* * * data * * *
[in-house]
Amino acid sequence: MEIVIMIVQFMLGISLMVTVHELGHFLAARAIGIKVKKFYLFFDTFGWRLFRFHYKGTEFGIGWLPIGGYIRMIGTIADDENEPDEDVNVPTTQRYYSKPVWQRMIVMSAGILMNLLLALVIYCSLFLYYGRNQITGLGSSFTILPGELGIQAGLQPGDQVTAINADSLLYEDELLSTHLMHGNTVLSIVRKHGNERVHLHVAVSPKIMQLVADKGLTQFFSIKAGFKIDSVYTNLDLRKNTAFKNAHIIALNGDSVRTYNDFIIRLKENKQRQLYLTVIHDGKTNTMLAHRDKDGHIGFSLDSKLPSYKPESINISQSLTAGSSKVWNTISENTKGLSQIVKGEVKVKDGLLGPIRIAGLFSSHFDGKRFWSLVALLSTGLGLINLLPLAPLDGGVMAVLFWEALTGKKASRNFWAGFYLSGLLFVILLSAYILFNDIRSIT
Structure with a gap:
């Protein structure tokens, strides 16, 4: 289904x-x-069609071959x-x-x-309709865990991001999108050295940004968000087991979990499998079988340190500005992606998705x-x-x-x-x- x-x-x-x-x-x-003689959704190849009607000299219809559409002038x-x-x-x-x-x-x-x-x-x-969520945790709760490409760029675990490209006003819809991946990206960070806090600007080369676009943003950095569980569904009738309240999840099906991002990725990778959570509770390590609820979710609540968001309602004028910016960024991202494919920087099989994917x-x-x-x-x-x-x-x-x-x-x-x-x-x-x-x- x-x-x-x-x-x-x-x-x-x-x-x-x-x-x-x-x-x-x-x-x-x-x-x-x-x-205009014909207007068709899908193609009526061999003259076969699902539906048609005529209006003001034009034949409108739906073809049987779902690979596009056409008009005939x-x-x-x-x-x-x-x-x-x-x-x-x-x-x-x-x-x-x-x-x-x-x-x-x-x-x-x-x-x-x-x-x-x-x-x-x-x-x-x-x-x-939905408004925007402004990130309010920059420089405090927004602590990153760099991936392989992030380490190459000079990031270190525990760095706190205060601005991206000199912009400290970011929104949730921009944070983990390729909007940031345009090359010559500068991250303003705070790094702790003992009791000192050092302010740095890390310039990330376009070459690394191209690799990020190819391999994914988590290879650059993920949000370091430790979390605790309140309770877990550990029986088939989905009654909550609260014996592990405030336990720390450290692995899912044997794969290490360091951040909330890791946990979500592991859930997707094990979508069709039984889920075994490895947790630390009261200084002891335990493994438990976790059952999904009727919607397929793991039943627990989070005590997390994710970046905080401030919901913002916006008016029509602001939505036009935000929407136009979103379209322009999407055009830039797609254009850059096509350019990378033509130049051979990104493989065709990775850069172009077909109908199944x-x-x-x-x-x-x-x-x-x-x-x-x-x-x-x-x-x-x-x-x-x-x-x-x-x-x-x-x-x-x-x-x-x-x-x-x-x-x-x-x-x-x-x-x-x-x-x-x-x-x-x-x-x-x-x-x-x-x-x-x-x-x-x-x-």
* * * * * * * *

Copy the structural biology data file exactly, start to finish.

[in-house]
Amino acid sequence: MEIVIMIVQFMLGISLMVTVHELGHFLAARAIGIKVKKFYLFFDTFGWRLFRFHYKGTEFGIGWLPIGGYIRMIGTIADDENEPDEDVNVPTTQRYYSKPVWQRMIVMSAGILMNLLLALVIYCSLFLYYGRNQITGLGSSFTILPGELGIQAGLQPGDQVTAINADSLLYEDELLSTHLMHGNTVLSIVRKHGNERVHLHVAVSPKIMQLVADKGLTQFFSIKAGFKIDSVYTNLDLRKNTAFKNAHIIALNGDSVRTYNDFIIRLKENKQRQLYLTVIHDGKTNTMLAHRDKDGHIGFSLDSKLPSYKPESINISQSLTAGSSKVWNTISENTKGLSQIVKGEVKVKDGLLGPIRIAGLFSSHFDGKRFWSLVALLSTGLGLINLLPLAPLDGGVMAVLFWEALTGKKASRNFWAGFYLSGLLFVILLSAYILFNDIRSIT
Structure with a gap:
């Protein structure tokens, strides 16, 4: 289904x-x-069609071959x-x-x-309709865990991001999108050295940004968000087991979990499998079988340190500005992606998705x-x-x-x-x- x-x-x-x-x-x-003689959704190849009607000299219809559409002038x-x-x-x-x-x-x-x-x-x-969520945790709760490409760029675990490209006003819809991946990206960070806090600007080369676009943003950095569980569904009738309240999840099906991002990725990778959570509770390590609820979710609540968001309602004028910016960024991202494919920087099989994917x-x-x-x-x-x-x-x-x-x-x-x-x-x-x-x- x-x-x-x-x-x-x-x-x-x-x-x-x-x-x-x-x-x-x-x-x-x-x-x-x-x-205009014909207007068709899908193609009526061999003259076969699902539906048609005529209006003001034009034949409108739906073809049987779902690979596009056409008009005939x-x-x-x-x-x-x-x-x-x-x-x-x-x-x-x-x-x-x-x-x-x-x-x-x-x-x-x-x-x-x-x-x-x-x-x-x-x-x-x-x-x-939905408004925007402004990130309010920059420089405090927004602590990153760099991936392989992030380490190459000079990031270190525990760095706190205060601005991206000199912009400290970011929104949730921009944070983990390729909007940031345009090359010559500068991250303003705070790094702790003992009791000192050092302010740095890390310039990330376009070459690394191209690799990020190819391999994914988590290879650059993920949000370091430790979390605790309140309770877990550990029986088939989905009654909550609260014996592990405030336990720390450290692995899912044997794969290490360091951040909330890791946990979500592991859930997707094990979508069709039984889920075994490895947790630390009261200084002891335990493994438990976790059952999904009727919607397929793991039943627990989070005590997390994710970046905080401030919901913002916006008016029509602001939505036009935000929407136009979103379209322009999407055009830039797609254009850059096509350019990378033509130049051979990104493989065709990775850069172009077909109908199944x-x-x-x-x-x-x-x-x-x-x-x-x-x-x-x-x-x-x-x-x-x-x-x-x-x-x-x-x-x-x-x-x-x-x-x-x-x-x-x-x-x-x-x-x-x-x-x-x-x-x-x-x-x-x-x-x-x-x-x-x-x-x-x-x-």